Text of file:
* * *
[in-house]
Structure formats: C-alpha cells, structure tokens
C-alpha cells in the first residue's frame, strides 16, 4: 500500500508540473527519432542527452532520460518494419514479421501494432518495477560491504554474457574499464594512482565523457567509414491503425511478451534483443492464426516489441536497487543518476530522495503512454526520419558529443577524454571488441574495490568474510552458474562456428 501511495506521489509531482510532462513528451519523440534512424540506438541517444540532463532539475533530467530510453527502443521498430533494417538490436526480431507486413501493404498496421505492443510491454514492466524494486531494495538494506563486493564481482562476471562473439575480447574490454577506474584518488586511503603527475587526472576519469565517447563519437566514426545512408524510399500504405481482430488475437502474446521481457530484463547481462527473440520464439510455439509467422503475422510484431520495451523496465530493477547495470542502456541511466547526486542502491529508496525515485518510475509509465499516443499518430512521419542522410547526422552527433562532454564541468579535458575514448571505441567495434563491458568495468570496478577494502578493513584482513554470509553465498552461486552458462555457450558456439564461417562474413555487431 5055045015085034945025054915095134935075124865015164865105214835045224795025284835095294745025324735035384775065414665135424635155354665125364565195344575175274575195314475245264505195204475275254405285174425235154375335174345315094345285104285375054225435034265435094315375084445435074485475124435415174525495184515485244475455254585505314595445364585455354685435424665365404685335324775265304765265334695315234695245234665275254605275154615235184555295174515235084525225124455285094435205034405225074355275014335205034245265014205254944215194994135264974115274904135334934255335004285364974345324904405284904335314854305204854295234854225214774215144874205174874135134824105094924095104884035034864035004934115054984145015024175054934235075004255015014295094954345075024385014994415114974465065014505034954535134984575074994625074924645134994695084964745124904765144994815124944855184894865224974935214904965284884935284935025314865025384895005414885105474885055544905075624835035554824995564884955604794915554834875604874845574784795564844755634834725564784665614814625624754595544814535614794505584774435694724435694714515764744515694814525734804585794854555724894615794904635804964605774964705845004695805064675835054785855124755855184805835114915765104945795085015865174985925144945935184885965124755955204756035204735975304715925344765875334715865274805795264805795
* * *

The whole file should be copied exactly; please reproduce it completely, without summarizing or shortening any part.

[in-house]
Structure formats: C-alpha cells, structure tokens
C-alpha cells in the first residue's frame, strides 16, 4: 500500500508540473527519432542527452532520460518494419514479421501494432518495477560491504554474457574499464594512482565523457567509414491503425511478451534483443492464426516489441536497487543518476530522495503512454526520419558529443577524454571488441574495490568474510552458474562456428 501511495506521489509531482510532462513528451519523440534512424540506438541517444540532463532539475533530467530510453527502443521498430533494417538490436526480431507486413501493404498496421505492443510491454514492466524494486531494495538494506563486493564481482562476471562473439575480447574490454577506474584518488586511503603527475587526472576519469565517447563519437566514426545512408524510399500504405481482430488475437502474446521481457530484463547481462527473440520464439510455439509467422503475422510484431520495451523496465530493477547495470542502456541511466547526486542502491529508496525515485518510475509509465499516443499518430512521419542522410547526422552527433562532454564541468579535458575514448571505441567495434563491458568495468570496478577494502578493513584482513554470509553465498552461486552458462555457450558456439564461417562474413555487431 5055045015085034945025054915095134935075124865015164865105214835045224795025284835095294745025324735035384775065414665135424635155354665125364565195344575175274575195314475245264505195204475275254405285174425235154375335174345315094345285104285375054225435034265435094315375084445435074485475124435415174525495184515485244475455254585505314595445364585455354685435424665365404685335324775265304765265334695315234695245234665275254605275154615235184555295174515235084525225124455285094435205034405225074355275014335205034245265014205254944215194994135264974115274904135334934255335004285364974345324904405284904335314854305204854295234854225214774215144874205174874135134824105094924095104884035034864035004934115054984145015024175054934235075004255015014295094954345075024385014994415114974465065014505034954535134984575074994625074924645134994695084964745124904765144994815124944855184894865224974935214904965284884935284935025314865025384895005414885105474885055544905075624835035554824995564884955604794915554834875604874845574784795564844755634834725564784665614814625624754595544814535614794505584774435694724435694714515764744515694814525734804585794854555724894615794904635804964605774964705845004695805064675835054785855124755855184805835114915765104945795085015865174985925144945935184885965124755955204756035204735975304715925344765875334715865274805795264805795